I don’t remember where I was going or why I was going there, but given the neighborhood I was in and when in my life I was there, I was almost certainly going to a bar. It was raining, and as I hustled down a street that was briefly in that golden New York state of being both smelly and shiny, I saw it blaring out from atop a bundle of old tabloids sitting on the curb—a New York Post back page featuring a squinting Mike Piazza next to a headline reading “I’m Not Gay.” I remember thinking, as I rushed past it in the rain to go get some stupid well drinks, that it all seemed like a long time ago. That was in 2002.
The story of how Mike Piazza came to tell the assembled members of the New York sports media that he was in fact not gay felt bizarre even when it was happening—the result of cheesier-than-usual tabloid salaciousness and reflective of a series of ancient biases and expectations that were musty and out of date even then. It’s something I think about from time to time, and in the interest of remembering this strange and stilted thing more accurately, I did what one does in a situation like that: I leapt down a Google hole, opened a bunch of tabs, and talked to some people in hopes of figuring out just what the hell had happened, there, and how. I’ll be writing something on it this summer, but for this first installment in our new video series, I did my best to tell the story—not just of how this particular strange moment came to pass, but of what I found in going back to the contemporaneous sources. A great deal of the worst things about the story are very old, but the rest of it is very 2002.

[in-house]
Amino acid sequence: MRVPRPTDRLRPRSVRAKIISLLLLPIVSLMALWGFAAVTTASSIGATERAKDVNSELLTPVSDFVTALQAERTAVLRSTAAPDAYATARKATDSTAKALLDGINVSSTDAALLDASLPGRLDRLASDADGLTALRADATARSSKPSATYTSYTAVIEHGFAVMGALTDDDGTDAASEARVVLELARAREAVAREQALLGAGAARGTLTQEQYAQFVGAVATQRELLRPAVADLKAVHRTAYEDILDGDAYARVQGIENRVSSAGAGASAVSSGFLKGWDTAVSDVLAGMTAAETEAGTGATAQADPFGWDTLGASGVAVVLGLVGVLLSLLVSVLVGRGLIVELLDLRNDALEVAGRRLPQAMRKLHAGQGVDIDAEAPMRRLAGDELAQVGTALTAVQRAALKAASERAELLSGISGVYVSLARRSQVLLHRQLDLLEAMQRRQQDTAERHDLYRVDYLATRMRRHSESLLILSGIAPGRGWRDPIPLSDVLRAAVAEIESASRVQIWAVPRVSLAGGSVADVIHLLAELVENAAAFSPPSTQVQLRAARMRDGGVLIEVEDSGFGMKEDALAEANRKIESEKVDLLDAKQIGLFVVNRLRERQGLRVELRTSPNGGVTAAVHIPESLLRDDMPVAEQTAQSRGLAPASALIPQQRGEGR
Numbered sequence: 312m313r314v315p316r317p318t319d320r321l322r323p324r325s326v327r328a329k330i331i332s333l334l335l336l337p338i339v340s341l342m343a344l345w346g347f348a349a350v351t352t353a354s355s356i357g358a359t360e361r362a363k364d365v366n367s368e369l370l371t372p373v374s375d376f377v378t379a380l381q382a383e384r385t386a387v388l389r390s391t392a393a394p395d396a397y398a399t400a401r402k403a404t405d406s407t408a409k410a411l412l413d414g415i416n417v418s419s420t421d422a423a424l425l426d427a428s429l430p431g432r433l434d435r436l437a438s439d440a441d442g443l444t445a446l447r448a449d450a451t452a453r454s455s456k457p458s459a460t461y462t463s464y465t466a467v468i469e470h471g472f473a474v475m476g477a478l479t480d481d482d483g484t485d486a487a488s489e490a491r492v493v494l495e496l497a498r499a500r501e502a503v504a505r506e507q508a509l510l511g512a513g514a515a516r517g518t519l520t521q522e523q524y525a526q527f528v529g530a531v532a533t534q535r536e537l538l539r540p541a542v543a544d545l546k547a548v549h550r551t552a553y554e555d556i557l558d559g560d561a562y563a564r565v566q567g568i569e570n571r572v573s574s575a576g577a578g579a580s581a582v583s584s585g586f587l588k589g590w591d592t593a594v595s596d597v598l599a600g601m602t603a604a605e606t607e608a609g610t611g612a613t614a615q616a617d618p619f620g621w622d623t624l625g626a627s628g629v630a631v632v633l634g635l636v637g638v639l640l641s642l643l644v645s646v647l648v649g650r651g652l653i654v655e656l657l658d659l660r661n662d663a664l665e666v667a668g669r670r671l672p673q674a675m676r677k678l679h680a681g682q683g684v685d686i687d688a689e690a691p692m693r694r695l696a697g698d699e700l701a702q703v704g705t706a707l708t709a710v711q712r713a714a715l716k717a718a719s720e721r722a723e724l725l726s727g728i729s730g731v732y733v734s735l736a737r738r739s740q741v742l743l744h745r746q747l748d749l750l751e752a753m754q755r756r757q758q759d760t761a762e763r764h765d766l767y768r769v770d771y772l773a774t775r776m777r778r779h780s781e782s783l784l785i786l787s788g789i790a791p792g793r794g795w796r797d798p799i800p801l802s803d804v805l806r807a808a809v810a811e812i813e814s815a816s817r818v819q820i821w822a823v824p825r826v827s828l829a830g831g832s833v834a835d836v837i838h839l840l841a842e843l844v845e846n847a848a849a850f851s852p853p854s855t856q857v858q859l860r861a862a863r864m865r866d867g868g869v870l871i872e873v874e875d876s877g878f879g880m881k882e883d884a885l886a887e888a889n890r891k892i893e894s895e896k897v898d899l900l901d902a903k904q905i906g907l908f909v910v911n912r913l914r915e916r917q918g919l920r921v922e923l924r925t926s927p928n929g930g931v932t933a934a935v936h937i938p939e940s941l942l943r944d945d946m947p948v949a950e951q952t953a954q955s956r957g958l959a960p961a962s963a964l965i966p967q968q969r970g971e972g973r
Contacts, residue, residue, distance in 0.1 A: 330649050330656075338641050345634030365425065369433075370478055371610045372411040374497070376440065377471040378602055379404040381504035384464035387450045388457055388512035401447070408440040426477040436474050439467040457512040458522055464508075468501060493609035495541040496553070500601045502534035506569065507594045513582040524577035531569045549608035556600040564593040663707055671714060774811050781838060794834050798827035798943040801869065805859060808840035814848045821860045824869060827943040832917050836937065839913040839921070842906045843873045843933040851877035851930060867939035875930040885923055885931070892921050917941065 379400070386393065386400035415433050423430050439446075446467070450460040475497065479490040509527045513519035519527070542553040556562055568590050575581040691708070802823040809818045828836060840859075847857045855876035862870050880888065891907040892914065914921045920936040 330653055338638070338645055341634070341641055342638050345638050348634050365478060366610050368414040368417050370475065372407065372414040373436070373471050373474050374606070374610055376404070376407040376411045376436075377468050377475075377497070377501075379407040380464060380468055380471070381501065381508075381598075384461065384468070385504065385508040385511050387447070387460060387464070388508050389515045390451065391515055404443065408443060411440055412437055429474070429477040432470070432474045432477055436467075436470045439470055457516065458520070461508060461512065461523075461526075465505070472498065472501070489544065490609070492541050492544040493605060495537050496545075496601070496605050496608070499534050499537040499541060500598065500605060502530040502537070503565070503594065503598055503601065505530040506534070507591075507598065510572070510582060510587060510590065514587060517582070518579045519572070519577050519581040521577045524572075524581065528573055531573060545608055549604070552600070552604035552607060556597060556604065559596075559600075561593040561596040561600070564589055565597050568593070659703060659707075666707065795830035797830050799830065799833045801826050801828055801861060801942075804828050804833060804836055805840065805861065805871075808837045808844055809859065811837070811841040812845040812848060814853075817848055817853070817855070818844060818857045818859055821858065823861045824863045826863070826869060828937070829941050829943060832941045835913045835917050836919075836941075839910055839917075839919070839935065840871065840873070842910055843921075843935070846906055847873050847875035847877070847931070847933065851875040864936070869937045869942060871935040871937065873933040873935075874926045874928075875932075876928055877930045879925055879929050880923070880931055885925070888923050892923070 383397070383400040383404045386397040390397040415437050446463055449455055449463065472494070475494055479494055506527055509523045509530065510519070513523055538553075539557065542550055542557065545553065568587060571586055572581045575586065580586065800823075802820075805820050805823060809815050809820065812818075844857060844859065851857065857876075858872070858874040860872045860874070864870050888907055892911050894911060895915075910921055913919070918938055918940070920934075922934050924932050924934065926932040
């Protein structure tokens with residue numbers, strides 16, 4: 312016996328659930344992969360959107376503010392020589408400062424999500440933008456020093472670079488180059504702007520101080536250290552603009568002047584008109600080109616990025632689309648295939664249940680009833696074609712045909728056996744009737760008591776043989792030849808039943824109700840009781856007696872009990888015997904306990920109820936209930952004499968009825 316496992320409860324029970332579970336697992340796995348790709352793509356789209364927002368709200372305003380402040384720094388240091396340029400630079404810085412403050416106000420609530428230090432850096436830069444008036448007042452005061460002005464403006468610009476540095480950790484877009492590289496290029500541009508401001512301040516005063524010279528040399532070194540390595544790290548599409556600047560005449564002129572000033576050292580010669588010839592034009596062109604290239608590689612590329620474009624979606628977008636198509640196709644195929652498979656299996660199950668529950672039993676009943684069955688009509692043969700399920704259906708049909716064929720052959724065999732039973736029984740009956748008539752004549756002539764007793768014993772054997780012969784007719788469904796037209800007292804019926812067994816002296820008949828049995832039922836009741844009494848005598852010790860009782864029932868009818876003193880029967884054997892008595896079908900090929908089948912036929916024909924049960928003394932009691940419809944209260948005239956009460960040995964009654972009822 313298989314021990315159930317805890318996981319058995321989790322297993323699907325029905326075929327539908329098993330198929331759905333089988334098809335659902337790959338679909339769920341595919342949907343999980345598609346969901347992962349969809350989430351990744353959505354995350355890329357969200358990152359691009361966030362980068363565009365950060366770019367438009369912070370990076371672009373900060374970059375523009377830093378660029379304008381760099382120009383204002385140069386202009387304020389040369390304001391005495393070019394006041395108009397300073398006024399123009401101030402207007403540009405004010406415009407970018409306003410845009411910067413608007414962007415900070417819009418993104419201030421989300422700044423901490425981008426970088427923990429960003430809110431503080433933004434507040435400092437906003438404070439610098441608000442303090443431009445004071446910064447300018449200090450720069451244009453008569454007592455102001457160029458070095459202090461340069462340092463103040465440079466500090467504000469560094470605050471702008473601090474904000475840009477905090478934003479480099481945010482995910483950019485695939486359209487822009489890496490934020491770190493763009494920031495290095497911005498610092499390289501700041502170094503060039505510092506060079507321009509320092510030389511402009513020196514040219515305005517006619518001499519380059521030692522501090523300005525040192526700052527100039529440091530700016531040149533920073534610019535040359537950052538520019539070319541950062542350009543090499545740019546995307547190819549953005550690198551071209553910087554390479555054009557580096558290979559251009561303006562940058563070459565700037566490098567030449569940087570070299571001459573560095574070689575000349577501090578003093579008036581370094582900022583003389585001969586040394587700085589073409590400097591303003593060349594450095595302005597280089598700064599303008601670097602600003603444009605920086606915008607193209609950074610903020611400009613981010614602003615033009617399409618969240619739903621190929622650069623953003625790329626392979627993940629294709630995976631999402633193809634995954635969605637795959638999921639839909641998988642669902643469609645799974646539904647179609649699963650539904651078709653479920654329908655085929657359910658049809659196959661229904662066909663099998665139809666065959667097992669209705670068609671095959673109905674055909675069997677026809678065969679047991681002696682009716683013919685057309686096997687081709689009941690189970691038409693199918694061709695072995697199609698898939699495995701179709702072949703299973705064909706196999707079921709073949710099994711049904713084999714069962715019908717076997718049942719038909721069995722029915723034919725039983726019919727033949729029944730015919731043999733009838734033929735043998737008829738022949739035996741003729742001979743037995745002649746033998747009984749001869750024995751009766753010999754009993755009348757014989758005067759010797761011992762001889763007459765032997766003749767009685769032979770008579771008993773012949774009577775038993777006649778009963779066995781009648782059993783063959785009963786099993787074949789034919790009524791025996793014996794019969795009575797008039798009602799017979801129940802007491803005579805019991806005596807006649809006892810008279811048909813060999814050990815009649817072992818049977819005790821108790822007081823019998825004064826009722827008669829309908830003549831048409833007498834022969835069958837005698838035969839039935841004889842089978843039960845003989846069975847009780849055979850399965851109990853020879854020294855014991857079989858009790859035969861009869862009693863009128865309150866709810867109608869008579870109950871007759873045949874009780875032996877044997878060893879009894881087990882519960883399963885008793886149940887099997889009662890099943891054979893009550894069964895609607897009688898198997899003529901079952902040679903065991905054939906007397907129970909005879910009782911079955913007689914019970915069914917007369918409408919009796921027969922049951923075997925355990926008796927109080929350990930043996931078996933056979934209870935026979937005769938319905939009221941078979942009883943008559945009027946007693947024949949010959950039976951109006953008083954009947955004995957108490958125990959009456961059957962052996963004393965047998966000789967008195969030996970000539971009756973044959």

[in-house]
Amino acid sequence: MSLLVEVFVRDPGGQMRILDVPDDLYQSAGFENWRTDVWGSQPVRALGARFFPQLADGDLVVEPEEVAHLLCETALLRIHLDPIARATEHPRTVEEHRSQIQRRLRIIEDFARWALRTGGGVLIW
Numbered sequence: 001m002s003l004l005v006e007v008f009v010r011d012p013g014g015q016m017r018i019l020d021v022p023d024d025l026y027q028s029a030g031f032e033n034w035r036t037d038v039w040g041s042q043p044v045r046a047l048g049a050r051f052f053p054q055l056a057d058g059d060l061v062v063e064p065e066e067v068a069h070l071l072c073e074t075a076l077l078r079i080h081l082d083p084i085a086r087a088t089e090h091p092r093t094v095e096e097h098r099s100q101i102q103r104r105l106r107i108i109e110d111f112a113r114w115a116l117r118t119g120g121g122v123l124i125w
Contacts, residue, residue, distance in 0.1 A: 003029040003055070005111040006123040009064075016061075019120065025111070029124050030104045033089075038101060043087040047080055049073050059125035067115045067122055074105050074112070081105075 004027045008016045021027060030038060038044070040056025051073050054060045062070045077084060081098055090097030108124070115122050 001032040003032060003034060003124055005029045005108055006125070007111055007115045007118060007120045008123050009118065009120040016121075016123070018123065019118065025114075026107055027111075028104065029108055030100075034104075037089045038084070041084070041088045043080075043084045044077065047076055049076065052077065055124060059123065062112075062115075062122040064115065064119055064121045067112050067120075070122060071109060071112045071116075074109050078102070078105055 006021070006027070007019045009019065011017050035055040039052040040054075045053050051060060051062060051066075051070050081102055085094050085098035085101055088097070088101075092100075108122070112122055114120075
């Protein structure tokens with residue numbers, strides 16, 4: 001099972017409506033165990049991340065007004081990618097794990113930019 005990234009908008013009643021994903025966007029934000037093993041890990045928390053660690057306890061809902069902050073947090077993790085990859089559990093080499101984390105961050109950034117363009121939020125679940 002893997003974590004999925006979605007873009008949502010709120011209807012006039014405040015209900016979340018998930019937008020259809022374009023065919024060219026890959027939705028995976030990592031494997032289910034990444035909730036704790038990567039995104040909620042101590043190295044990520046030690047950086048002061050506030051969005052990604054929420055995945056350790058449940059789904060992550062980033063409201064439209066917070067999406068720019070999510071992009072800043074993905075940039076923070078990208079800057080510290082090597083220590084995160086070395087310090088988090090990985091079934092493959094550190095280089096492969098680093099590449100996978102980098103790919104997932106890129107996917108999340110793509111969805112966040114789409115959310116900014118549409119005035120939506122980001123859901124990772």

There is a brief and glorious moment that comes when you’re reading and reporting and researching a story in which you really and truly do feel like an expert on it. It’s mostly a thing you feel and invariably also extremely fleeting, but that brief moment in which you really can briefly slip the surly bonds of idiocy and believe that you know something about something is one of the happier ones any writer gets. It blooms briefly and is all the way gone when it’s gone, but the feeling is all the more powerful for its brevity. The idea of Down A Hole, as a series, will be to capture that moment—to show a Deadspin Idiot borne briefly aloft in a moment of non-idiocy. Of course the videos will be short. By the time I walked out of the studio I was already a dope again. But oh that moment in the sun, when I actually knew what the hell happened.